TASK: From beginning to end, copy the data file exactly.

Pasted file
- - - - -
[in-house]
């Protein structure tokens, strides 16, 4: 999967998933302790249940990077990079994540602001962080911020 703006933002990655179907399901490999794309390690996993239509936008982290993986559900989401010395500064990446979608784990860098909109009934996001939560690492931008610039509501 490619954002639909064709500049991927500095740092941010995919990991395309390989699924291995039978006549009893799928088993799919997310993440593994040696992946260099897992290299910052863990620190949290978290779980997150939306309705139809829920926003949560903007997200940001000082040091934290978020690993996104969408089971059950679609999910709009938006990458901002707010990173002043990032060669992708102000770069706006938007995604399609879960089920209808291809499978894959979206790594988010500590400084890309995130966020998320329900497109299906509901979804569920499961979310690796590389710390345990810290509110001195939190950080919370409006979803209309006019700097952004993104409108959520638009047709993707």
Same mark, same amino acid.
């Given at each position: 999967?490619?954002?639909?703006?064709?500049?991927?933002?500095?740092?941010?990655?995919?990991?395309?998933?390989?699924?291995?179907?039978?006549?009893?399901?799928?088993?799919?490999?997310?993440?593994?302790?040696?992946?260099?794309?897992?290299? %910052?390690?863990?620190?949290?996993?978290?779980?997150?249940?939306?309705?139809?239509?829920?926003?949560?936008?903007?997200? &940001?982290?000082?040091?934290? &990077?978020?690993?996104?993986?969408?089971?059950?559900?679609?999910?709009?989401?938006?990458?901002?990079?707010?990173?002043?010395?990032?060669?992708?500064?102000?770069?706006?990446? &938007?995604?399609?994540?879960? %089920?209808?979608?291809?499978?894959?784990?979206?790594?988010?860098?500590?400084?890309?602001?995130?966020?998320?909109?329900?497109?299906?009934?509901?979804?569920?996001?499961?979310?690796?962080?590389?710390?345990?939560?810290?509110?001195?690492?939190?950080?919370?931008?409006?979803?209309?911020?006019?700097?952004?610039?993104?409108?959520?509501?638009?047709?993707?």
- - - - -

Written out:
[in-house]
């Protein structure tokens, strides 16, 4: 999967998933302790249940990077990079994540602001962080911020 703006933002990655179907399901490999794309390690996993239509936008982290993986559900989401010395500064990446979608784990860098909109009934996001939560690492931008610039509501 490619954002639909064709500049991927500095740092941010995919990991395309390989699924291995039978006549009893799928088993799919997310993440593994040696992946260099897992290299910052863990620190949290978290779980997150939306309705139809829920926003949560903007997200940001000082040091934290978020690993996104969408089971059950679609999910709009938006990458901002707010990173002043990032060669992708102000770069706006938007995604399609879960089920209808291809499978894959979206790594988010500590400084890309995130966020998320329900497109299906509901979804569920499961979310690796590389710390345990810290509110001195939190950080919370409006979803209309006019700097952004993104409108959520638009047709993707």
Same mark, same amino acid.
């Given at each position: 999967?490619?954002?639909?703006?064709?500049?991927?933002?500095?740092?941010?990655?995919?990991?395309?998933?390989?699924?291995?179907?039978?006549?009893?399901?799928?088993?799919?490999?997310?993440?593994?302790?040696?992946?260099?794309?897992?290299? %910052?390690?863990?620190?949290?996993?978290?779980?997150?249940?939306?309705?139809?239509?829920?926003?949560?936008?903007?997200? &940001?982290?000082?040091?934290? &990077?978020?690993?996104?993986?969408?089971?059950?559900?679609?999910?709009?989401?938006?990458?901002?990079?707010?990173?002043?010395?990032?060669?992708?500064?102000?770069?706006?990446? &938007?995604?399609?994540?879960? %089920?209808?979608?291809?499978?894959?784990?979206?790594?988010?860098?500590?400084?890309?602001?995130?966020?998320?909109?329900?497109?299906?009934?509901?979804?569920?996001?499961?979310?690796?962080?590389?710390?345990?939560?810290?509110?001195?690492?939190?950080?919370?931008?409006?979803?209309?911020?006019?700097?952004?610039?993104?409108?959520?509501?638009?047709?993707?």